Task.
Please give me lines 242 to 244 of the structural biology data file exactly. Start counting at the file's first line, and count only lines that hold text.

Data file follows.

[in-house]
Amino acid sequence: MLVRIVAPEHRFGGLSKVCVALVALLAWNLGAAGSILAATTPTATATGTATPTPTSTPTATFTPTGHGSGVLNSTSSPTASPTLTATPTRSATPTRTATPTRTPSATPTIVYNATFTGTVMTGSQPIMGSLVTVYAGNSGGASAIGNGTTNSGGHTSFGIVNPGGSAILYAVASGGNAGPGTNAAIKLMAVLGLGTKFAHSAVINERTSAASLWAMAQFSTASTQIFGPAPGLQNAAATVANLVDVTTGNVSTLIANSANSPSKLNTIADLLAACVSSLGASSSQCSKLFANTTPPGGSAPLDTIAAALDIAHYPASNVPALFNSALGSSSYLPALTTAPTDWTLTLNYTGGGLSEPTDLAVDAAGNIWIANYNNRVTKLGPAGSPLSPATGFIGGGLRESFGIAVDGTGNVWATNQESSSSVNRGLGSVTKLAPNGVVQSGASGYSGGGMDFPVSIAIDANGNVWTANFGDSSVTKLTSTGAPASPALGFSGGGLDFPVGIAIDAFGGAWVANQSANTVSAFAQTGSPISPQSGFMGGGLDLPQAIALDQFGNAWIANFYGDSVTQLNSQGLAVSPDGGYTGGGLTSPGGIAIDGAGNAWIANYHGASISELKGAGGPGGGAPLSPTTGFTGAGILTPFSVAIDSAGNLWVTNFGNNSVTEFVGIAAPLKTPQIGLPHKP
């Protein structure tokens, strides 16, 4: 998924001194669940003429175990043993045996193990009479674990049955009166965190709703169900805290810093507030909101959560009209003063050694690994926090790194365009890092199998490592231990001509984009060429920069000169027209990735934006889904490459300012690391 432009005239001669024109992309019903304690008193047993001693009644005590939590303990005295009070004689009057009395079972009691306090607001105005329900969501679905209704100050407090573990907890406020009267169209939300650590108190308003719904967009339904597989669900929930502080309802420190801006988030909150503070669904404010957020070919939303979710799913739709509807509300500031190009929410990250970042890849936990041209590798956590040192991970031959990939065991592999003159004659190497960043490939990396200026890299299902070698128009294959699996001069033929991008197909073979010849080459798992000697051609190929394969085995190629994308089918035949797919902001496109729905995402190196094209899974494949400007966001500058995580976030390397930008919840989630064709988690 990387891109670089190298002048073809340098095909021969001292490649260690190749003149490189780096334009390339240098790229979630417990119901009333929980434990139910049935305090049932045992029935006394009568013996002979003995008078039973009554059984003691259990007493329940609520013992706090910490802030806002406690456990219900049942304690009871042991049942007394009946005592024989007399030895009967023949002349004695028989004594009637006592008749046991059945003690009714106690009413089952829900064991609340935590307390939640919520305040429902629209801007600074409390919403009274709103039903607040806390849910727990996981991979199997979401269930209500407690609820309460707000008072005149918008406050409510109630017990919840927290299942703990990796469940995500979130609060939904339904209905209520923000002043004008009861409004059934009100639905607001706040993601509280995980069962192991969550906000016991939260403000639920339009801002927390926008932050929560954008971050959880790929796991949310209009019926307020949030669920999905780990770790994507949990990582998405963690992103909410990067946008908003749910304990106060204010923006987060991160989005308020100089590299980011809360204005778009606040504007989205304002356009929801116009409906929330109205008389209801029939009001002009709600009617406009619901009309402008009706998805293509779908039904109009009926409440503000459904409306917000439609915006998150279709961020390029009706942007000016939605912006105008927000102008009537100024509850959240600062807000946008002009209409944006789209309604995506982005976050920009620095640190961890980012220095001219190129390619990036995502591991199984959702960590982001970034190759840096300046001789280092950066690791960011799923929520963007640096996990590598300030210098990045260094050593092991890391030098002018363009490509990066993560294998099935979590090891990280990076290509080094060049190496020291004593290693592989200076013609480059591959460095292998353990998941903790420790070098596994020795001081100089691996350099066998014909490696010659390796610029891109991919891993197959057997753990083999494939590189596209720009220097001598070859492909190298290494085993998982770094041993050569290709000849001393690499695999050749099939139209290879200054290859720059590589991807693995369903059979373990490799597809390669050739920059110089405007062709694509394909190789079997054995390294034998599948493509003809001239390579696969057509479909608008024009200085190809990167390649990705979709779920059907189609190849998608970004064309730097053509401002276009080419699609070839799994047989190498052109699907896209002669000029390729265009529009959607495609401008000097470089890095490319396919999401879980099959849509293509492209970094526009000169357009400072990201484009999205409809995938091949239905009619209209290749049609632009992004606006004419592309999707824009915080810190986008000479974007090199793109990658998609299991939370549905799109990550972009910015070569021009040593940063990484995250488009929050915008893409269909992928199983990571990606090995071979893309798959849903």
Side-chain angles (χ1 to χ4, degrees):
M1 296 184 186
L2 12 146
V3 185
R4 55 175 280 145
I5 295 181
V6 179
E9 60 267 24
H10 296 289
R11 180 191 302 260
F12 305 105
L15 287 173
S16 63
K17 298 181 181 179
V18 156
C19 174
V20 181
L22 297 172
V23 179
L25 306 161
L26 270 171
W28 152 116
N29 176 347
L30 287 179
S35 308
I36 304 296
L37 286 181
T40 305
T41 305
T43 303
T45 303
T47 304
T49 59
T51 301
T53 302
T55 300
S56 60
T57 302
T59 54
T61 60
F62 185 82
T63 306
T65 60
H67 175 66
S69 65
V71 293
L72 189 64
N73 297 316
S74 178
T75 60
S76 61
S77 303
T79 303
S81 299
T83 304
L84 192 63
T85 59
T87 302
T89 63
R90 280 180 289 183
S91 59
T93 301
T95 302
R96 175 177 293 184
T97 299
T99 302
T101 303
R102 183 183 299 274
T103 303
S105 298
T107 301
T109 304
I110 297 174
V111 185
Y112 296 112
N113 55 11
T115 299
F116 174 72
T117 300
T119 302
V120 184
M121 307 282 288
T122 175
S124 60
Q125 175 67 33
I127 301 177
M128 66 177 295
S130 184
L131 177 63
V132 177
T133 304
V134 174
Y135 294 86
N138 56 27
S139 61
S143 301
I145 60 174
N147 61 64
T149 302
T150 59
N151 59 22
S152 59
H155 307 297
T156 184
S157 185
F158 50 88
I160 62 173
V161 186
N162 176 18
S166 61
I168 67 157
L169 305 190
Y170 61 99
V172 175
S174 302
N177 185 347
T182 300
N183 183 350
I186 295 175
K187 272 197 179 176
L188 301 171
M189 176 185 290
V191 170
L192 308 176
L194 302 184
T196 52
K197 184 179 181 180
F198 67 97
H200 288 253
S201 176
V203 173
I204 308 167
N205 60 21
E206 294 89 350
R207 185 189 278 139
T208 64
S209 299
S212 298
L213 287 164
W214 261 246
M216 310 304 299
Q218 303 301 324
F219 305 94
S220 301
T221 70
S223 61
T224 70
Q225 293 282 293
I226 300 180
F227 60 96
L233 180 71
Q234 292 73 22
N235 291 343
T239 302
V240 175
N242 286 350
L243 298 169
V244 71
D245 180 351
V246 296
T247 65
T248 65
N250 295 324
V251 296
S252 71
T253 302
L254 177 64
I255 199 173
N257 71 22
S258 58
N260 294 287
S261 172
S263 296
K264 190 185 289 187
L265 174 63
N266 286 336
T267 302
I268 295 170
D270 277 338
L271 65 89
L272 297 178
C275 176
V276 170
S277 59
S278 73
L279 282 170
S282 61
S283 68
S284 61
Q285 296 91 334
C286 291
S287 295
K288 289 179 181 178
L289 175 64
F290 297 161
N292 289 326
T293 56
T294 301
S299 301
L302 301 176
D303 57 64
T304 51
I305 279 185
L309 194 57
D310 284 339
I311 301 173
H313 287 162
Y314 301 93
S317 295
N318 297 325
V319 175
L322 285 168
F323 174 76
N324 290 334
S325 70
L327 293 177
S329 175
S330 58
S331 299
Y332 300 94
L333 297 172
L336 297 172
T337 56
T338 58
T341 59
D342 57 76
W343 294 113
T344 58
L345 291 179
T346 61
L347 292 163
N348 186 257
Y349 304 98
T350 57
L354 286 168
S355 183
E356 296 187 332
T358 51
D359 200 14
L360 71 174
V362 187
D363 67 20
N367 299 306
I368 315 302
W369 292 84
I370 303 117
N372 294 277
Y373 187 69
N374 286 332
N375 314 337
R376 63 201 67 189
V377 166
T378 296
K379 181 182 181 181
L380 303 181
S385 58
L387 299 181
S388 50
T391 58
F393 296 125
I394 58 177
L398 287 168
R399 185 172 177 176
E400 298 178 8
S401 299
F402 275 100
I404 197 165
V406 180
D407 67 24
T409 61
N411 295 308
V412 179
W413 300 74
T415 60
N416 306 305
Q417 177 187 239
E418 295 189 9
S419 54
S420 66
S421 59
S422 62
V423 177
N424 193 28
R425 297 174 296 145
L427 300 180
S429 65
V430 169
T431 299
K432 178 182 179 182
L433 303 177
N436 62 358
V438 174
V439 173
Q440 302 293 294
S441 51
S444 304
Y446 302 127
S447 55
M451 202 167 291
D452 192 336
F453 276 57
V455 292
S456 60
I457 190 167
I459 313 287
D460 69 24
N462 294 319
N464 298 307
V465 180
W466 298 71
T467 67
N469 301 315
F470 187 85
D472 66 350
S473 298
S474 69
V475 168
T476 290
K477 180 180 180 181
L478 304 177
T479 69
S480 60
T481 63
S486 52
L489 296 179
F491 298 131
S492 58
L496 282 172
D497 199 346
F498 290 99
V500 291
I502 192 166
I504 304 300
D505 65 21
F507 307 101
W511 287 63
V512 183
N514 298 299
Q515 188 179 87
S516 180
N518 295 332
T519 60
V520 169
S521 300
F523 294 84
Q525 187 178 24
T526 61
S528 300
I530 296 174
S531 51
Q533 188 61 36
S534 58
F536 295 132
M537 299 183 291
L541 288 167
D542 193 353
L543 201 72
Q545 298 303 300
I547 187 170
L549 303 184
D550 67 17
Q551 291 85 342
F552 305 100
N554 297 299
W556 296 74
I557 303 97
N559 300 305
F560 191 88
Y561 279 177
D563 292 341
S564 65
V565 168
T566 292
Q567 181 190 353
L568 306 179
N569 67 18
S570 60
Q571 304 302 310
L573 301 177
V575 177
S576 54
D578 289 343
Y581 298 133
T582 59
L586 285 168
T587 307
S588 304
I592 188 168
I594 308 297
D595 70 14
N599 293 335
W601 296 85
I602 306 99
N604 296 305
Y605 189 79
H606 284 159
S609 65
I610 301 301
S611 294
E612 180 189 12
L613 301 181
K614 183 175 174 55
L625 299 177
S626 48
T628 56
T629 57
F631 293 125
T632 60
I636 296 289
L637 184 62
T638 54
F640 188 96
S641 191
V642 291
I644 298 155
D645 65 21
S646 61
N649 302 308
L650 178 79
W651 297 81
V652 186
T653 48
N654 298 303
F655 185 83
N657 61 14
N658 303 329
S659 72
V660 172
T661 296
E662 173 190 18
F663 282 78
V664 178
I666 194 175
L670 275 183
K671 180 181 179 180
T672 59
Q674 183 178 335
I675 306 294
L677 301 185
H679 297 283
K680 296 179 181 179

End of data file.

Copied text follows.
D359 200 14
L360 71 174
V362 187